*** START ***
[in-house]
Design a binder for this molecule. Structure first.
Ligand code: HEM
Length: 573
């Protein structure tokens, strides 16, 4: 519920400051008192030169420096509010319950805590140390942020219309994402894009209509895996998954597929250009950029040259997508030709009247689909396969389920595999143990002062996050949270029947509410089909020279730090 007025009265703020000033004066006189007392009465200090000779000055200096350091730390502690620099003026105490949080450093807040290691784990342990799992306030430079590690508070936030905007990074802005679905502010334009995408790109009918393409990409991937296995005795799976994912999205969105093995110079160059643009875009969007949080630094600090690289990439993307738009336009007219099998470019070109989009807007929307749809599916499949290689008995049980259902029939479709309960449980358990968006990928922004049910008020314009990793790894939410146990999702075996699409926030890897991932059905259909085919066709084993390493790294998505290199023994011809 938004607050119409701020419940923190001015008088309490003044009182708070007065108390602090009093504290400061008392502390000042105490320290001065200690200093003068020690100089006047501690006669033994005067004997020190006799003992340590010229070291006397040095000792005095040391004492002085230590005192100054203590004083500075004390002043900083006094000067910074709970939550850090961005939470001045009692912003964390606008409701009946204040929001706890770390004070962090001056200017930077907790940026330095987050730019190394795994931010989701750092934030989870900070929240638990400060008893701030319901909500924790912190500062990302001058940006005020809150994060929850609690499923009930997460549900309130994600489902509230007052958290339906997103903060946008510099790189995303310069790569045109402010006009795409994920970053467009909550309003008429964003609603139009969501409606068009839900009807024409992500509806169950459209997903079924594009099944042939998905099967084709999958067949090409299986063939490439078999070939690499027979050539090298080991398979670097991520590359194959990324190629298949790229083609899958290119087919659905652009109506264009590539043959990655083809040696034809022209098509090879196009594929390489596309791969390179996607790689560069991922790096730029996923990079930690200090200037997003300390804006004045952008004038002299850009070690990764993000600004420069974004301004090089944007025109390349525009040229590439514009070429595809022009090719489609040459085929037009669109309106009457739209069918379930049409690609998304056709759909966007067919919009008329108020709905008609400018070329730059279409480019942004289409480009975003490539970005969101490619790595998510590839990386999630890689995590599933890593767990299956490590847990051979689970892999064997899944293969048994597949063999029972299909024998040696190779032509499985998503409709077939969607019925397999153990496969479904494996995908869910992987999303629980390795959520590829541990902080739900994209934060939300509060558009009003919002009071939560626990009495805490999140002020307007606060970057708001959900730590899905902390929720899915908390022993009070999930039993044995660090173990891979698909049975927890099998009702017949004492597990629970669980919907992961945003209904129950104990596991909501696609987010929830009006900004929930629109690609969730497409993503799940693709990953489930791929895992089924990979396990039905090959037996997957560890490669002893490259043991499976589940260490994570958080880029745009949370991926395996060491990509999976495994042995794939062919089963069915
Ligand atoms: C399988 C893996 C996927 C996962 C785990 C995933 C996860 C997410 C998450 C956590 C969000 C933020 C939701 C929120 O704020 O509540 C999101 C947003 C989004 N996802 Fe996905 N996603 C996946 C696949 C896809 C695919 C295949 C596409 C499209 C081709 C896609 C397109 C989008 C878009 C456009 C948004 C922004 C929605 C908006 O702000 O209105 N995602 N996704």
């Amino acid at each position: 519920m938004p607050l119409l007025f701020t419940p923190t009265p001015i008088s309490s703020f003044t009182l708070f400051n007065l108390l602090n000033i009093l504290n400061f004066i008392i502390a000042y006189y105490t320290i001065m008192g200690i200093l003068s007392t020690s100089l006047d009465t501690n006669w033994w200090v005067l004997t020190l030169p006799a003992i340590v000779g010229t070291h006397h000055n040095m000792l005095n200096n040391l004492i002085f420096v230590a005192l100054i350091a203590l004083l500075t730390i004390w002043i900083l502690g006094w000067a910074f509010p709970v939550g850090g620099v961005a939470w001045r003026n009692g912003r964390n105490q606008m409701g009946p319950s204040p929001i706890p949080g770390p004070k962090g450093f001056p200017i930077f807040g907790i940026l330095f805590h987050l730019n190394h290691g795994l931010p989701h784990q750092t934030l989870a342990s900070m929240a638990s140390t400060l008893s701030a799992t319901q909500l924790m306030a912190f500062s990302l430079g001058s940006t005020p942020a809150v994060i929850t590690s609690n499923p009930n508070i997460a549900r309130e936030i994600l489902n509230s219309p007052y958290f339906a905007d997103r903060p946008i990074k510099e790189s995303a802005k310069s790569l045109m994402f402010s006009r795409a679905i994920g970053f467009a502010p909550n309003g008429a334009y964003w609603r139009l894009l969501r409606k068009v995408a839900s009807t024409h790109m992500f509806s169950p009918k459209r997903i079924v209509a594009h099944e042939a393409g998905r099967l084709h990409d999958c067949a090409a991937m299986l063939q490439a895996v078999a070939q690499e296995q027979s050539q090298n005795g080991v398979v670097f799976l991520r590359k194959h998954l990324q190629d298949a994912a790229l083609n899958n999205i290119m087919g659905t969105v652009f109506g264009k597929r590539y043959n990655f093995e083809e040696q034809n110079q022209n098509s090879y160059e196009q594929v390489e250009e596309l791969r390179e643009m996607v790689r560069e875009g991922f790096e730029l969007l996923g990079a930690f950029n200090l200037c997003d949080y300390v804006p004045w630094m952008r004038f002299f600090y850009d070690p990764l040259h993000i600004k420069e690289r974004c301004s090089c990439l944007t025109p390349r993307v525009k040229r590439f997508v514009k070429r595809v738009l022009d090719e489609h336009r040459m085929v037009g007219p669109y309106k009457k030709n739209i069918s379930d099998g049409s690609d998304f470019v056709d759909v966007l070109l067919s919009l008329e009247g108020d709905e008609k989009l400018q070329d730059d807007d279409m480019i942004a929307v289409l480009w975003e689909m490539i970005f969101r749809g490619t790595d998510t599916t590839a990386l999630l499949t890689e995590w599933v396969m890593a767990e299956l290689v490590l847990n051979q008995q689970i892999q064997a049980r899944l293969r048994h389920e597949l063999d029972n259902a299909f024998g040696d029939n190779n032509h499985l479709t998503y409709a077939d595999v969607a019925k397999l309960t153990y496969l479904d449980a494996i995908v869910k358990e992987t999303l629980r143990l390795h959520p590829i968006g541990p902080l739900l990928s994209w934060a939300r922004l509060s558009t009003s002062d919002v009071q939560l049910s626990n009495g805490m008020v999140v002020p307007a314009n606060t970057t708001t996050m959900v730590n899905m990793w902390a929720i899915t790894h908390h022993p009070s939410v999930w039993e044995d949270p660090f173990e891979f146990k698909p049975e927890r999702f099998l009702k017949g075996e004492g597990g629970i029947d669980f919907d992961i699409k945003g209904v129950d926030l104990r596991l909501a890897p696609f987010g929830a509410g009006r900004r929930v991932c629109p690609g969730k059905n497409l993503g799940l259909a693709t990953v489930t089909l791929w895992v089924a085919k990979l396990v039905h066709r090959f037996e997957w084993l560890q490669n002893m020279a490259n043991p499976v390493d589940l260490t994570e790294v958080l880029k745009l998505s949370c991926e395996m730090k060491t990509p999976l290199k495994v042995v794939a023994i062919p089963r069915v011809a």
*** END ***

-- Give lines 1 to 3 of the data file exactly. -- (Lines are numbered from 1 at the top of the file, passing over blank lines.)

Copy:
[in-house]
Design a binder for this molecule. Structure first.
Ligand code: HEM